Moving beyond what we know risk and resilience factors and the development of ebd
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Moving Beyond What We Know: Risk and Resilience Factors and the Development of EBD. Christine Christle Kristine Jolivette C. Michael Nelson University of Kentucky Terrance M. Scott University of Florida. Dismal Futures for Students with EBD. Difficulty maintaining jobs

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Moving beyond what we know risk and resilience factors and the development of ebd l.jpg

Moving Beyond What We Know:Risk and Resilience Factorsand the Development of EBD

Christine Christle

Kristine Jolivette

C. Michael Nelson

University of Kentucky

Terrance M. Scott

University of Florida

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Dismal Futures for Students with EBD

  • Difficulty maintaining jobs

    • Only 44% had jobs 3 - 5 years after leaving school (McLaughlin, Leone, Warren, & Schofield, 1994)

  • Criminal Activity

    • 1/5 of students with EBD arrested while in school

    • 58% arrested 5 years after school

    • 73% of EBD drop outs arrested within 5 years of leaving school(Chesapeake Institute, 1994)

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Risk and Resilience

  • Risk: conditions or situations that are empirically related to particular outcomes (Reddy et al., 2001)

  • Resilience: a characteristic that allows a person to make appropriate behavioral choices in the presence of multiple risk factors (Finley, 1994)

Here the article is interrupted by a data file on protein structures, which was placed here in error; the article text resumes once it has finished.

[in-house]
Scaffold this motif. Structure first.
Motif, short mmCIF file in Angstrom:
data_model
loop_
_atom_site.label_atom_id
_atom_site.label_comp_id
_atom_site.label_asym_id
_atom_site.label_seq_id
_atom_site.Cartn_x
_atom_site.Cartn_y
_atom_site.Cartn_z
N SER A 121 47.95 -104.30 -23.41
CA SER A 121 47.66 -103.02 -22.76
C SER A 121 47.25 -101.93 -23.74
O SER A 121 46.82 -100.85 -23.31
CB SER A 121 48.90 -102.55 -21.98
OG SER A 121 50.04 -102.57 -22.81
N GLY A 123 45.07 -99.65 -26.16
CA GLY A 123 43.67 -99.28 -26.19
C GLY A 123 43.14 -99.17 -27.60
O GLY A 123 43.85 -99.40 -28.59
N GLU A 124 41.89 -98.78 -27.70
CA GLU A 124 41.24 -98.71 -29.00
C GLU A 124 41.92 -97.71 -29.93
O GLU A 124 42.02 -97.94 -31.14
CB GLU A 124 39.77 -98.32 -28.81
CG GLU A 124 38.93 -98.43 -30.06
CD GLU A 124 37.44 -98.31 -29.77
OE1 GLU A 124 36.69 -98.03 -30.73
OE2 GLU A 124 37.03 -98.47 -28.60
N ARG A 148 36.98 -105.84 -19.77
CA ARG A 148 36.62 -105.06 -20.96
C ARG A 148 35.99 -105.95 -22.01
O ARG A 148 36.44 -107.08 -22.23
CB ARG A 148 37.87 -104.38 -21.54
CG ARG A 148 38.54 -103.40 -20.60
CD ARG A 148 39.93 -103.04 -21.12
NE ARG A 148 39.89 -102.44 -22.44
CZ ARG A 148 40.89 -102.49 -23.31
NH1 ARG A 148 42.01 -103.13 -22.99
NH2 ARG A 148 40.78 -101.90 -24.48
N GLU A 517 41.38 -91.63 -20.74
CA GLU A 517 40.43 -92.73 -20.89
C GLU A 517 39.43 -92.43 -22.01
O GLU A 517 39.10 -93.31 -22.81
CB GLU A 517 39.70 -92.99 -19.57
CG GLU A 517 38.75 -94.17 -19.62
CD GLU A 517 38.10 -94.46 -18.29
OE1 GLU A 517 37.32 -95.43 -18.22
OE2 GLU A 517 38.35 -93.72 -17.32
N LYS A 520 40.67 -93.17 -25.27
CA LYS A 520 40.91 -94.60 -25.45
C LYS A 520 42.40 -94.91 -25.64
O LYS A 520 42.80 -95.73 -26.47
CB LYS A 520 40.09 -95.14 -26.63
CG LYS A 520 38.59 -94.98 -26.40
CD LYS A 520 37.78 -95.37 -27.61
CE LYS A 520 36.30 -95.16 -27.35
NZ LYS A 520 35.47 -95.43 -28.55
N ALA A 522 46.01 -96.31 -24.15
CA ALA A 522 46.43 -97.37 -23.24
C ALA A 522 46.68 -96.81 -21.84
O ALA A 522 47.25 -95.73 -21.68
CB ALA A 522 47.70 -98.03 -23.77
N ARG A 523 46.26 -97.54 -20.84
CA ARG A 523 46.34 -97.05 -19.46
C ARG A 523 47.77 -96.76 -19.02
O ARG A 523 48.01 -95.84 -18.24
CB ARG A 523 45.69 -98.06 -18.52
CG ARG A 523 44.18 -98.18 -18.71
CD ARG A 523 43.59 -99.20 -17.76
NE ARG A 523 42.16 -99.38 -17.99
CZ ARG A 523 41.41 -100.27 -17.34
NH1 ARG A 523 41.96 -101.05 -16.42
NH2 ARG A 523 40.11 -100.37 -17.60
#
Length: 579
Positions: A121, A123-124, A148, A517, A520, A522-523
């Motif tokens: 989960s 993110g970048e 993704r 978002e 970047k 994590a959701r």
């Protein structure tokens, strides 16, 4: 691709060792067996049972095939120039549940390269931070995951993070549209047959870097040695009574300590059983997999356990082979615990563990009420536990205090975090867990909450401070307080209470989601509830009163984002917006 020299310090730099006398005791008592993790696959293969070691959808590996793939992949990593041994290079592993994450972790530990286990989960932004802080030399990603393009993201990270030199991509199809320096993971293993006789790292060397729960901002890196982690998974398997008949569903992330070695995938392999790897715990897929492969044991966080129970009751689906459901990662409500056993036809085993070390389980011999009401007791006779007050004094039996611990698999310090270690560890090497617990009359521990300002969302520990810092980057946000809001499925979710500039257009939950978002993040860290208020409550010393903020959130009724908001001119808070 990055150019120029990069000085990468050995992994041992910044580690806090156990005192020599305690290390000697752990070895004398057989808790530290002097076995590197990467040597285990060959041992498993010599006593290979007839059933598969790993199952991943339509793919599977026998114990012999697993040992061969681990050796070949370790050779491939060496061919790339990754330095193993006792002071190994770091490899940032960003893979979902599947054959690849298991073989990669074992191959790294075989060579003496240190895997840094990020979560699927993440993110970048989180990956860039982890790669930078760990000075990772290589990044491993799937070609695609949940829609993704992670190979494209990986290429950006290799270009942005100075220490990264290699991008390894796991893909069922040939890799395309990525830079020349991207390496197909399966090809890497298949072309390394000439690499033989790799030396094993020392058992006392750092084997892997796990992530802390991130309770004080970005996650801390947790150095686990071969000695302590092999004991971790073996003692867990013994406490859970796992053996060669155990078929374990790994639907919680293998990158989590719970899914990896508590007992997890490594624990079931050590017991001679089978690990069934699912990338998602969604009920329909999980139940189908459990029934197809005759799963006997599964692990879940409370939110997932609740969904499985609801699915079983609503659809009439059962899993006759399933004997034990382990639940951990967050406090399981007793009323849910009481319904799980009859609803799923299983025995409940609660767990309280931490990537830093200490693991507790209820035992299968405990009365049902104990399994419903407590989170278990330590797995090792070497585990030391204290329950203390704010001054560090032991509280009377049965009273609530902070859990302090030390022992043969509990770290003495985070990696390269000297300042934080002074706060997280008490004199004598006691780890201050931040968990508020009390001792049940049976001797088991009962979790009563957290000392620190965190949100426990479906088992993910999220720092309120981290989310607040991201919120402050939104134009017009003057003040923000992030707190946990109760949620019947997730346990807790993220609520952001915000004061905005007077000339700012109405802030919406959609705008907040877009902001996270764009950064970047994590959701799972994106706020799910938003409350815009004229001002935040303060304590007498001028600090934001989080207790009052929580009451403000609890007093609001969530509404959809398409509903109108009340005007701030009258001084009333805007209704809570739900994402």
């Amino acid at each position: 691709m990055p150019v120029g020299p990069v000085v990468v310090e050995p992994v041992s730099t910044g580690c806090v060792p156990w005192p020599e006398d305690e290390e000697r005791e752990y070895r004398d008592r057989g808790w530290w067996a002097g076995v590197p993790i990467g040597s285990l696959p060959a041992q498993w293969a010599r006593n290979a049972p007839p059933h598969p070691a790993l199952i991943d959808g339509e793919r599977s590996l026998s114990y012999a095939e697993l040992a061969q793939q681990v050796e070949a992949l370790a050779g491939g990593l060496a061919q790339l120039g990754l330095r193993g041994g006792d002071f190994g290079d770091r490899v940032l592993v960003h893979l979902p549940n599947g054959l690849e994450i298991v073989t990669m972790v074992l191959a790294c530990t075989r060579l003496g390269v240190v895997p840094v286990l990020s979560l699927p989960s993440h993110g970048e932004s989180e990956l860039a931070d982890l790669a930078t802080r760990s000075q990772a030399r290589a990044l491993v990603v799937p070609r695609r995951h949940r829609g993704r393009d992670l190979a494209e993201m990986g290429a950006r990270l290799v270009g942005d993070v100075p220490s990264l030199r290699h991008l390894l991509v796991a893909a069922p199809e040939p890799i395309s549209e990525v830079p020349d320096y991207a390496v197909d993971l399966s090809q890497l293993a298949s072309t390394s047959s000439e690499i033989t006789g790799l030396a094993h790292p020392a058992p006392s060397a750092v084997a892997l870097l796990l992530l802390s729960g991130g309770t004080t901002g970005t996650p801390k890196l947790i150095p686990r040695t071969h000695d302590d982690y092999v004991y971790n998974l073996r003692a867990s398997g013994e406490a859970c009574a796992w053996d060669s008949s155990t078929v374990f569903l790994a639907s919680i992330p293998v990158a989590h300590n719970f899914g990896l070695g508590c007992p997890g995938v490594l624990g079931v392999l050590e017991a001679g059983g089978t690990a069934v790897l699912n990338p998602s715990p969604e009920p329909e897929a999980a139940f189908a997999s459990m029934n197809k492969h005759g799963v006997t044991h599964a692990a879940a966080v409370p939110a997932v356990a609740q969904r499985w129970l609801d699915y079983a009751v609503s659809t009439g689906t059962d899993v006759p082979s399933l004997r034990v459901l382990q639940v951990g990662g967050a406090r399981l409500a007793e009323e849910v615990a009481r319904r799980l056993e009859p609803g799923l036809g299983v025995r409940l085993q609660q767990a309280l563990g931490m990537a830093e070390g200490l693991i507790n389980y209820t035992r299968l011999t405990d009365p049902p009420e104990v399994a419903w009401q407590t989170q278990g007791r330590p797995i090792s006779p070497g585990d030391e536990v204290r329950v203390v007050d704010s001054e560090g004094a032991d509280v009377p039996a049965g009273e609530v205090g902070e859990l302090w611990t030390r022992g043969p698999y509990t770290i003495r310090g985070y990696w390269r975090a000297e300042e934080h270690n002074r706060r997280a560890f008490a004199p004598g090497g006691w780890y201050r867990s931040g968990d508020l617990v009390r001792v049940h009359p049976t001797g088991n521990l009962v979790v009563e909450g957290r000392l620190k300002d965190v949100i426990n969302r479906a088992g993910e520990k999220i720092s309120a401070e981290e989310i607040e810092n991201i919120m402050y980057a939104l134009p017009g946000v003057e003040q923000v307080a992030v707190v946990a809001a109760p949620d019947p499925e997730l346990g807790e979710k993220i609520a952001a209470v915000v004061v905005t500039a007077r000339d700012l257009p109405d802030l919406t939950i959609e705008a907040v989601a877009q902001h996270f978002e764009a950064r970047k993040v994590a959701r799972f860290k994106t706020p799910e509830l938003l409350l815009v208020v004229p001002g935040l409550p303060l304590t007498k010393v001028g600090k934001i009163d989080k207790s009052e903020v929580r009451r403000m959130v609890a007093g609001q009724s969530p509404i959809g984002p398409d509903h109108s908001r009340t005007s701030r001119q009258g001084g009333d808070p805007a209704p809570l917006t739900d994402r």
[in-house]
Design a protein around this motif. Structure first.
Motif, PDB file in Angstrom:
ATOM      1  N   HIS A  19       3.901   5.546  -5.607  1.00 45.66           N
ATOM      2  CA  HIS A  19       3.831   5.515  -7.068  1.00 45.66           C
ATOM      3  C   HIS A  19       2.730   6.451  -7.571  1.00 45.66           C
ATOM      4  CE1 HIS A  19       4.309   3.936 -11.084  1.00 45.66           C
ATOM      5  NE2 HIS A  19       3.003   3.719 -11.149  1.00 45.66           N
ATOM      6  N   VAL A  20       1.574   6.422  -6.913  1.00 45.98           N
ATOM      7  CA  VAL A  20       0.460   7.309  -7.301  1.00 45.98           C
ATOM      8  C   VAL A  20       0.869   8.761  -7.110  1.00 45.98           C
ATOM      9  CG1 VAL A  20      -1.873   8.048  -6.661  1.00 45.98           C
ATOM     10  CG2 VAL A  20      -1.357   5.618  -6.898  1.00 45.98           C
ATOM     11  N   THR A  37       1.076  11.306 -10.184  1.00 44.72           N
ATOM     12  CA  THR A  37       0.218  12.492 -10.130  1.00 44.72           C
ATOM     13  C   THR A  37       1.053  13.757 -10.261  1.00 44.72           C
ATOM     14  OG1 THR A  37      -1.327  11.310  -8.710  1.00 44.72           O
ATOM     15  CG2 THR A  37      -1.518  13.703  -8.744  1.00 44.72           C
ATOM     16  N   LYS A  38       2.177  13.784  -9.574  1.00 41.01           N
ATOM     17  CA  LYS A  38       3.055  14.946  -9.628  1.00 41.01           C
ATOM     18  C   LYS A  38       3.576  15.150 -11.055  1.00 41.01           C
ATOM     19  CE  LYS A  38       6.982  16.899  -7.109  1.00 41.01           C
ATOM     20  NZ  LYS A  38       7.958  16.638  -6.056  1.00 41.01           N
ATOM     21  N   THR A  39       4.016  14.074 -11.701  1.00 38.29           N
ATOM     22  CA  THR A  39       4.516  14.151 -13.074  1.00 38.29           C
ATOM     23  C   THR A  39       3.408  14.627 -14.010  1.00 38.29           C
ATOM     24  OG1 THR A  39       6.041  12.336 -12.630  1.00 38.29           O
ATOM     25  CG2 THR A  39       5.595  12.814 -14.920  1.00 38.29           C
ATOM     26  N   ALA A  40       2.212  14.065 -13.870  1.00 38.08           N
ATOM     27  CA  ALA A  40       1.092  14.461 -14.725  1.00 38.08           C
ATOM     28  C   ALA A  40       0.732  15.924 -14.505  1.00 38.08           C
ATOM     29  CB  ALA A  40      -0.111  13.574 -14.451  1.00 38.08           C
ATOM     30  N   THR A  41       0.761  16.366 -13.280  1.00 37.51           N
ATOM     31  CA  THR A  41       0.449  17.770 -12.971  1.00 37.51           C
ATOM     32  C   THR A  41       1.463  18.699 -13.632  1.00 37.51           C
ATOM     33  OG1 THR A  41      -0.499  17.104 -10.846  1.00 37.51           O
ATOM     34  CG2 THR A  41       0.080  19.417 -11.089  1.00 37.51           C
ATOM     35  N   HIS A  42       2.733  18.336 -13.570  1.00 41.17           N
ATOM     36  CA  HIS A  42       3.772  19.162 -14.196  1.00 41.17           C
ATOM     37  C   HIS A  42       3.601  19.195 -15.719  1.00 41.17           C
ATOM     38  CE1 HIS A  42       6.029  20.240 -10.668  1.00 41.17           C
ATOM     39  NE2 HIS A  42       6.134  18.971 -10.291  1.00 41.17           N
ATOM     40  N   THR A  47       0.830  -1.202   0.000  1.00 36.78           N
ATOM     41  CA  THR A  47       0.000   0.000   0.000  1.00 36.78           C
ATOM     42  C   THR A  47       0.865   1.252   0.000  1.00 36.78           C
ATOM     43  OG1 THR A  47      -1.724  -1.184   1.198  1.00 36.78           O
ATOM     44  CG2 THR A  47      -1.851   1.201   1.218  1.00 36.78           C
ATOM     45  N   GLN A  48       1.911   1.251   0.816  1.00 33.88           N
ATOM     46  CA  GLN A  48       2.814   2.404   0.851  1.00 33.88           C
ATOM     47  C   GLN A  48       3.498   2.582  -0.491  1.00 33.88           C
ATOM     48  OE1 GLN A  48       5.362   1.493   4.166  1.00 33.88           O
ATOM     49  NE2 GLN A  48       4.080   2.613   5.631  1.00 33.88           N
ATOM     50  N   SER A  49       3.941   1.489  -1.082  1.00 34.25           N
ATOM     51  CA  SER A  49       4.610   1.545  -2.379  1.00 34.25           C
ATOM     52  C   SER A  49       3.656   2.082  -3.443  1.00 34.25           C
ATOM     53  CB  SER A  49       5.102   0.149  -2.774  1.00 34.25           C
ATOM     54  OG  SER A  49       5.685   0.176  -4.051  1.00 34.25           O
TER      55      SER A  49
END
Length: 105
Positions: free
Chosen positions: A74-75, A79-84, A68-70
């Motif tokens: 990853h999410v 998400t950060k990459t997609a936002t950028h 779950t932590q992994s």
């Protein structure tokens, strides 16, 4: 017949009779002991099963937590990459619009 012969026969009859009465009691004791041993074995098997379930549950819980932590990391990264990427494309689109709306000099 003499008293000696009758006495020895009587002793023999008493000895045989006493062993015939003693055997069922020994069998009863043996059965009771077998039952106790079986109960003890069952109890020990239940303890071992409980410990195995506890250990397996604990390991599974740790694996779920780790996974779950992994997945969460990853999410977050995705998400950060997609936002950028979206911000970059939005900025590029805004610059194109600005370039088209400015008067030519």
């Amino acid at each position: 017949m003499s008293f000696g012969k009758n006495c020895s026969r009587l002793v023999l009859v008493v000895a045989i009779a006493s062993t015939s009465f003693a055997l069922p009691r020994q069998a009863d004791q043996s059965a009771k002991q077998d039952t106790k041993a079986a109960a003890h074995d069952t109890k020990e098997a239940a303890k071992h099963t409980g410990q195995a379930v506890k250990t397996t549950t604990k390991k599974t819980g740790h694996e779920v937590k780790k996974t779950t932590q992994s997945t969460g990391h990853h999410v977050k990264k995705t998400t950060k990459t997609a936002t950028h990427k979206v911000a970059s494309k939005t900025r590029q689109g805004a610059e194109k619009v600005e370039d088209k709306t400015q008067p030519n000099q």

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Risk and Resilience

  • Operate through complex interactions across life domains

    • Individual

    • Family

    • School

    • Peer groups

    • Community

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Cognitive deficits

Reading readiness

Following directions


Social skills


Early intervention

Cognitive skills training

Parent training

Preschool programs

High/Scope Perry Preschool Program

Individual Factors

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Poor Parenting Skills


Harsh - Abusive


Substance abuse, crime




Emotional problems


Prenatal parent training

Home visitation by nurses

Teach child

Health and self care skills

Emotional coping strategies

Family Factors

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Best predictor of behavioral deviation (Scott & Nelson, 1999)

Best predictor of school failure


Link families to needed services


Social Services


Teach educators about poverty (Payne, 1998)

Family Factors

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Low school involvement

Failure cycle

Academics difficult

Student escapes

Teacher avoids


Include students in policy decisions

Match instruction to level of ability

Facilitate success

Effective academic instruction

Effective behavior management

School Factors

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Less academics




Dropping out


Increase active participation

Meaningful instruction